Regency

In itself, the Regence style has no valid existence, but allows us to give a name to the furniture of transition that sees the day between the end of the style Louis XIV and the beginning of the Louis XV style, which still belongs to the old in certain aspects while already marking a clear evolution towards the new. From a historical point of view, the Regency covers the period from 1715 to 1723. This corresponds to the minority of Louis XV, during which the kingdom is ruled by the regent Philip of Orleans. In the field of decorative arts, the Regency style corresponds to the years 1700-1720. Cabinetmaking and carpentry then possessed the nobility and symmetry peculiar to the Louis XIV style, but got rid of its most formal and solemn aspects in favor of a suppleness and a grace announcing the Louis XV. In a word, a new spirit, the spirit of the eighteenth century, of gallantry and civility, blows on the decorative arts and begins an evolution tending to replace heroism by the amiable.

While Boulle is clearly the best representative of the Louis XIV style. Charles Cressent, for his part, is also, but for the Regency style. In his capacity as sculptor, Cressent, himself molded his own bronzes and supervised their production. For decorative reasons, he often drew his inspiration from the drawings of Robert de Cotte, while he relied on the taste of Gillot and Watteau for the figures and especially the famous antics. From Watteau he borrowed his charming busts of smiling young women, called espagnolettes, who adorn the top of the curved legs of his flat offices. In keeping with the spirit of the times, Cressent used, for its veneers, woods contrasting strongly with the gilding of bronzes, namely amaranth, rosewood and violet wood.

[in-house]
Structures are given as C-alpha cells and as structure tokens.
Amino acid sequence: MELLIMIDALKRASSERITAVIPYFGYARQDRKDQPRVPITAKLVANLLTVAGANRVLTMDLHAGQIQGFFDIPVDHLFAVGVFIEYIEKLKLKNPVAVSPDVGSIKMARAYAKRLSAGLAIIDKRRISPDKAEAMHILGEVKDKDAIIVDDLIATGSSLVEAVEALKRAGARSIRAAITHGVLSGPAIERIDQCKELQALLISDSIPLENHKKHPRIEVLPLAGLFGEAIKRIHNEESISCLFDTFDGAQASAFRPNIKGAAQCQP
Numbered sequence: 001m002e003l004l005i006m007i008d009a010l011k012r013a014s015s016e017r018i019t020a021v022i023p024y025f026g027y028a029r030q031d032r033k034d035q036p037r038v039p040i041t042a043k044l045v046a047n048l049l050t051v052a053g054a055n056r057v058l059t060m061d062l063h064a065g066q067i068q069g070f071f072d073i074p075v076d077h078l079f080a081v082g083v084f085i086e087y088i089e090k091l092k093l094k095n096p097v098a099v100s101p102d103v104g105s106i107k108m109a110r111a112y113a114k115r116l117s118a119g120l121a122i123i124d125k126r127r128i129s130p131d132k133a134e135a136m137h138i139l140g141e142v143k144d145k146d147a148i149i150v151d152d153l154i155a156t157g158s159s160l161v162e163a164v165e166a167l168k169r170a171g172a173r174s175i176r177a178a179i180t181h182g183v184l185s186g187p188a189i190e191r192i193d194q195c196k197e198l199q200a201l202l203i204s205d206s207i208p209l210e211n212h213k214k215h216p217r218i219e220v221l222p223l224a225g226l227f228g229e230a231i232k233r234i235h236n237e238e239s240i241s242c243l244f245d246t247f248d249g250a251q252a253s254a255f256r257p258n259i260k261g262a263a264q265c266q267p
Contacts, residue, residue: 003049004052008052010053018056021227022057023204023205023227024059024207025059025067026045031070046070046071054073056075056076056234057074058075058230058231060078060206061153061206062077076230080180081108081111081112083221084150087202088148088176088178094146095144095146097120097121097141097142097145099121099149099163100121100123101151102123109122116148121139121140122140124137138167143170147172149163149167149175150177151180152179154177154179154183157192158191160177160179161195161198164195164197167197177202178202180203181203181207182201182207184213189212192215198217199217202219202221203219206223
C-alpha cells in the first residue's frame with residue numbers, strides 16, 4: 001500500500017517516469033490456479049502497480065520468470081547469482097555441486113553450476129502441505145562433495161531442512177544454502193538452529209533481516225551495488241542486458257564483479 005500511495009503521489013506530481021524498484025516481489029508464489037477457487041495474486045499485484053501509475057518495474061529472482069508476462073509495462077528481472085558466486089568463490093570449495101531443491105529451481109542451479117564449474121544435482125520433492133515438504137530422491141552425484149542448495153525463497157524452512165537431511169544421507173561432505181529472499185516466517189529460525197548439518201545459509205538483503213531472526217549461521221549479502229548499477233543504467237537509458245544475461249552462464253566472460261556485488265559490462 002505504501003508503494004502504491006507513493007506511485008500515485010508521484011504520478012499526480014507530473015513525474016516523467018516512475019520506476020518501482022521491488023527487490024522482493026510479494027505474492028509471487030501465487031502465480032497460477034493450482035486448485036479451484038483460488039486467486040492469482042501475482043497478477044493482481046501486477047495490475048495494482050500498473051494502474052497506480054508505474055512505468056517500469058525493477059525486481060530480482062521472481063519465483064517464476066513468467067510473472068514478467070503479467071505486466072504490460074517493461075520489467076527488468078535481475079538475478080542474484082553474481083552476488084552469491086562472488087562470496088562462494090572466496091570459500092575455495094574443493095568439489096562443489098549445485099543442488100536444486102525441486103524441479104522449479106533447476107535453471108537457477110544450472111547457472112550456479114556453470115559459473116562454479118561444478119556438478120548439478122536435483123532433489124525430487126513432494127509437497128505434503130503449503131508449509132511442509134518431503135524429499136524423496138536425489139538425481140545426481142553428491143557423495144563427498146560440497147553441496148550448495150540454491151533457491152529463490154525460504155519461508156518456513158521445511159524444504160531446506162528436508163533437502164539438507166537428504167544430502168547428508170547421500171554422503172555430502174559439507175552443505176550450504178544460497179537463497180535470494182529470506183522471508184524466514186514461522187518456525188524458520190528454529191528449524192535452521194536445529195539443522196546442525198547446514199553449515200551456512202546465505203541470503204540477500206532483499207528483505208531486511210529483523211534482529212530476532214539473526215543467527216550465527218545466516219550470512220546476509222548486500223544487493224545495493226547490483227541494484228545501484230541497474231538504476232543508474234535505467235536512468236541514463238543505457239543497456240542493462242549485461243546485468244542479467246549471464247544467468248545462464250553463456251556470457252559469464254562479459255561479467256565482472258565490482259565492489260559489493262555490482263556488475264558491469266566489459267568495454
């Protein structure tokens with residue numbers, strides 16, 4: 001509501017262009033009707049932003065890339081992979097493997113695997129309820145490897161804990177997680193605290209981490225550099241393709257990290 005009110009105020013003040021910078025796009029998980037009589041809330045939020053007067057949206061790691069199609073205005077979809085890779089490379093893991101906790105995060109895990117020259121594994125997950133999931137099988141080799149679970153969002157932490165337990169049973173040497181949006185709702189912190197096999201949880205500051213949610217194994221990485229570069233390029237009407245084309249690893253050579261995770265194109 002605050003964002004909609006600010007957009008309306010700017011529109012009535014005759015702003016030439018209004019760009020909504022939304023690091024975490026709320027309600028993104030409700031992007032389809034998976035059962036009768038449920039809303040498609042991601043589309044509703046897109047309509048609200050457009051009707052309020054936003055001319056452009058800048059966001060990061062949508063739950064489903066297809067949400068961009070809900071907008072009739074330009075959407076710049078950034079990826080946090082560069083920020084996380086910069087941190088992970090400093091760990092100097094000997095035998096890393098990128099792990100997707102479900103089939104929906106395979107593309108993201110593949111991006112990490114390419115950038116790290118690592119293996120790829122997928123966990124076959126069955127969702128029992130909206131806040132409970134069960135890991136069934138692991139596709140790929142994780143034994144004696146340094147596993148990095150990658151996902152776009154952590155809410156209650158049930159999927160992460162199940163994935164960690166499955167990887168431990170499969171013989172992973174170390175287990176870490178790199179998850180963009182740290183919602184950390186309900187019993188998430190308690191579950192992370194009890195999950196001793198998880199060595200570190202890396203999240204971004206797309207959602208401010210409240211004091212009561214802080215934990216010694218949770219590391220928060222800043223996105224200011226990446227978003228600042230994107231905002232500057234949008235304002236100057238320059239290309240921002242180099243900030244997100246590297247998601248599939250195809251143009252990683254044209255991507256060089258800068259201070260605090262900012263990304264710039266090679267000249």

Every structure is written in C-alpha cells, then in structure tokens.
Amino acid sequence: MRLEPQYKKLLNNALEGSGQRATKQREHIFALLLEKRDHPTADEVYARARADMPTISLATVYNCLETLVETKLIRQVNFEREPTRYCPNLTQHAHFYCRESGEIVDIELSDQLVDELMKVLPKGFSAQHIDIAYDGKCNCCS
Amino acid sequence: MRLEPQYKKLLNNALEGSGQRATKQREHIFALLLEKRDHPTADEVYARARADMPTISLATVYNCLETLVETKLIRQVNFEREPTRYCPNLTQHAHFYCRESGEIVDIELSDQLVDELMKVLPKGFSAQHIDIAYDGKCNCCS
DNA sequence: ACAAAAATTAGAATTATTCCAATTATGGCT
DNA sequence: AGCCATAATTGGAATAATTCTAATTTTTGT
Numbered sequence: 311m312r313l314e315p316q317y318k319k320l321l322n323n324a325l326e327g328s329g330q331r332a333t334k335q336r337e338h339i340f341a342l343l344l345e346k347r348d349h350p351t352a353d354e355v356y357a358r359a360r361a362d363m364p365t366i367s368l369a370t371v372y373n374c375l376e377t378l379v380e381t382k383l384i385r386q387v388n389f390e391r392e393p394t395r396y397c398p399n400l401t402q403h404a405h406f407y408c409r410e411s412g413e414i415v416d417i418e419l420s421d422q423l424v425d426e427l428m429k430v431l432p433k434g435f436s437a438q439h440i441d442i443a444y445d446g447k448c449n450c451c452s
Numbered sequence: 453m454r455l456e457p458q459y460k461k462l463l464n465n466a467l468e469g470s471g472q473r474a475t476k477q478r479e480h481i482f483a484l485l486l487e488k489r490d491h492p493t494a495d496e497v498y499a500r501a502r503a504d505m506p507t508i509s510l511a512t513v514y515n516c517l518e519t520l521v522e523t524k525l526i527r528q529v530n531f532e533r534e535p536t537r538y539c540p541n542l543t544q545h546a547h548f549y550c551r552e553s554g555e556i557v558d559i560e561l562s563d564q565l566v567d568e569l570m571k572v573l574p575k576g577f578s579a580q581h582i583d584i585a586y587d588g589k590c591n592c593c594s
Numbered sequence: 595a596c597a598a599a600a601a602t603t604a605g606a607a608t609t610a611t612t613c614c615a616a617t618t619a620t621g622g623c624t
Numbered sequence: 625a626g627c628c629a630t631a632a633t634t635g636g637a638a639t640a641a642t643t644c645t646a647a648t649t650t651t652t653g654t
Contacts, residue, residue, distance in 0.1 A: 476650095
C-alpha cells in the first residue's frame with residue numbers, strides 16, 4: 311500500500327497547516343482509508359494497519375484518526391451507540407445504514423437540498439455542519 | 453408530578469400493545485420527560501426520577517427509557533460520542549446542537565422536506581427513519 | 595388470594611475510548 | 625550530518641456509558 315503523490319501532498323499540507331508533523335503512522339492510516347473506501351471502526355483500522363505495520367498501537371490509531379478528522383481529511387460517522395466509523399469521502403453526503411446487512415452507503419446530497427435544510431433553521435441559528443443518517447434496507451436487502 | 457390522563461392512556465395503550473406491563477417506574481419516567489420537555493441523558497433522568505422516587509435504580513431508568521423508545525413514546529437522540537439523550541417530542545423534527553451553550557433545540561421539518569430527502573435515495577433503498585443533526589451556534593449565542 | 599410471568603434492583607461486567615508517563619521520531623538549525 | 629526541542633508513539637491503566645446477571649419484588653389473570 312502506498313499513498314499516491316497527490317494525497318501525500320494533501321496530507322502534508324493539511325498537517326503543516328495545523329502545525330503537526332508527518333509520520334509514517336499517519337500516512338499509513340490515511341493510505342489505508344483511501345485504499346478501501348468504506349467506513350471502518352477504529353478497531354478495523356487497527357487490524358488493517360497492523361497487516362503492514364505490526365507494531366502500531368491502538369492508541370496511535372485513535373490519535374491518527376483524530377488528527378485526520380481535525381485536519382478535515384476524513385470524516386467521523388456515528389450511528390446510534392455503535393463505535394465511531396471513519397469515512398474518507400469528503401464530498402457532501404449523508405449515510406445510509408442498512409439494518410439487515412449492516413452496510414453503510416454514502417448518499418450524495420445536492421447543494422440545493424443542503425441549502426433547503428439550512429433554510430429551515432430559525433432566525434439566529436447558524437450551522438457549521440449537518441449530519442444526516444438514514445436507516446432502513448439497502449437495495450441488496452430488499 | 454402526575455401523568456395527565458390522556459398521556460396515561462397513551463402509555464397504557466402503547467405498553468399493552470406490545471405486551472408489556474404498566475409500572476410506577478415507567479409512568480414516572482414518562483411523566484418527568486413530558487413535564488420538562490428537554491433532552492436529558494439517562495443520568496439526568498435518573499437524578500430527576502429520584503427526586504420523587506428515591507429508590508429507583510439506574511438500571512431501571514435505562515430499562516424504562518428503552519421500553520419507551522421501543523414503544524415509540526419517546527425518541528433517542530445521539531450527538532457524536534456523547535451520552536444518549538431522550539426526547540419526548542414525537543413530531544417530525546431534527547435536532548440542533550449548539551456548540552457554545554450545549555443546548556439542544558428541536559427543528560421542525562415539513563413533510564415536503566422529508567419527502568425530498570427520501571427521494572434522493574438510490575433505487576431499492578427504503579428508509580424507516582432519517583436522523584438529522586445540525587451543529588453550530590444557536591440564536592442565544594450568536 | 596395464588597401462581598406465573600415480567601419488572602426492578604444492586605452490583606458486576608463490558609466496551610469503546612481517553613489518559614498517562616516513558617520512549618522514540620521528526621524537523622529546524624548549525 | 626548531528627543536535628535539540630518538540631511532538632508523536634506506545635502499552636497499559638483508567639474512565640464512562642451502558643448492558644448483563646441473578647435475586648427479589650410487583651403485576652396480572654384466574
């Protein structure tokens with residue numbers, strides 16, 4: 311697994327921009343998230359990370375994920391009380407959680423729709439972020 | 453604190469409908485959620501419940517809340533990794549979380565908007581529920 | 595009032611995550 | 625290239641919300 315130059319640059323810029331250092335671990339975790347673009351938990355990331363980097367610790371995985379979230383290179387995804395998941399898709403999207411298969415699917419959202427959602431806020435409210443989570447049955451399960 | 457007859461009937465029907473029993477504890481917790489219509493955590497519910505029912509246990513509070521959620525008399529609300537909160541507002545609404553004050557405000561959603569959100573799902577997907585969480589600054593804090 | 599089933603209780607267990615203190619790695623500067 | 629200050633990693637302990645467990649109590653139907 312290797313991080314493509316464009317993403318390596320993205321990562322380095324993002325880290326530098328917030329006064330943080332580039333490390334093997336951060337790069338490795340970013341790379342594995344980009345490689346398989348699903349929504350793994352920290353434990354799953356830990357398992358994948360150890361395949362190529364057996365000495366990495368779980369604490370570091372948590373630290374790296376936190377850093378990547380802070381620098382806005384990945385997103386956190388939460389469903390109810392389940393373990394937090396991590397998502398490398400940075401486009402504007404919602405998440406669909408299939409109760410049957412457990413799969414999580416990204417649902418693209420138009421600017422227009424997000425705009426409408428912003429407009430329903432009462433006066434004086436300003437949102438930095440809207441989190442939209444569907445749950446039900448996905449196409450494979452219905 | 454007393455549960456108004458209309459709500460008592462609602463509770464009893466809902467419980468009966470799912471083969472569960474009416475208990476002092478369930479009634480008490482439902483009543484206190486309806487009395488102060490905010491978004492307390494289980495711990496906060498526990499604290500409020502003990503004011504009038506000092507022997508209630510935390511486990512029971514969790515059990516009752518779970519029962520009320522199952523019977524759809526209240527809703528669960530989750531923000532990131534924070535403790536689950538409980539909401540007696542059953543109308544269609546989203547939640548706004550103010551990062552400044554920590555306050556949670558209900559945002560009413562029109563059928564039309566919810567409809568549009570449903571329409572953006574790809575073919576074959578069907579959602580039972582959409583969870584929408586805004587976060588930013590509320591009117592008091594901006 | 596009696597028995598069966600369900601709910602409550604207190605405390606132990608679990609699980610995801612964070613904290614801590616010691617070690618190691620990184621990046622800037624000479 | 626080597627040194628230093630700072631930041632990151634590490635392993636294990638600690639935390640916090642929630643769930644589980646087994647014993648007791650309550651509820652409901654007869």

At that time, the study of chairs gives us the most complete picture of the evolution or transition between the Louis XIV and the Louis XV. The major difference between a late Louis XIV chair and another already belonging to the Regence style is located at the level of the armrests, which in the second case are slightly set back to allow the baskets to find a place . Typical of the Regency, on the one hand, are the cuffs, and on the other hand, in the belt, a front crosspiece made of carved wood, forming an uninterrupted, winding line with the base, then the progressive disappearance of the strut and finally the choice of A framed folder of an apparent wooden frame. The curved legs, instead of ending in doe hoofs, generally present a small volute sometimes embellished with an acanthus leaf. The most tenacious Louis XIV elements are the straight uprights of the backrest and the quadrangular shape of the seat. When the transition is perfectly accomplished, the chair will no longer have a single straight line, and the hour of the Louis XV will have struck.

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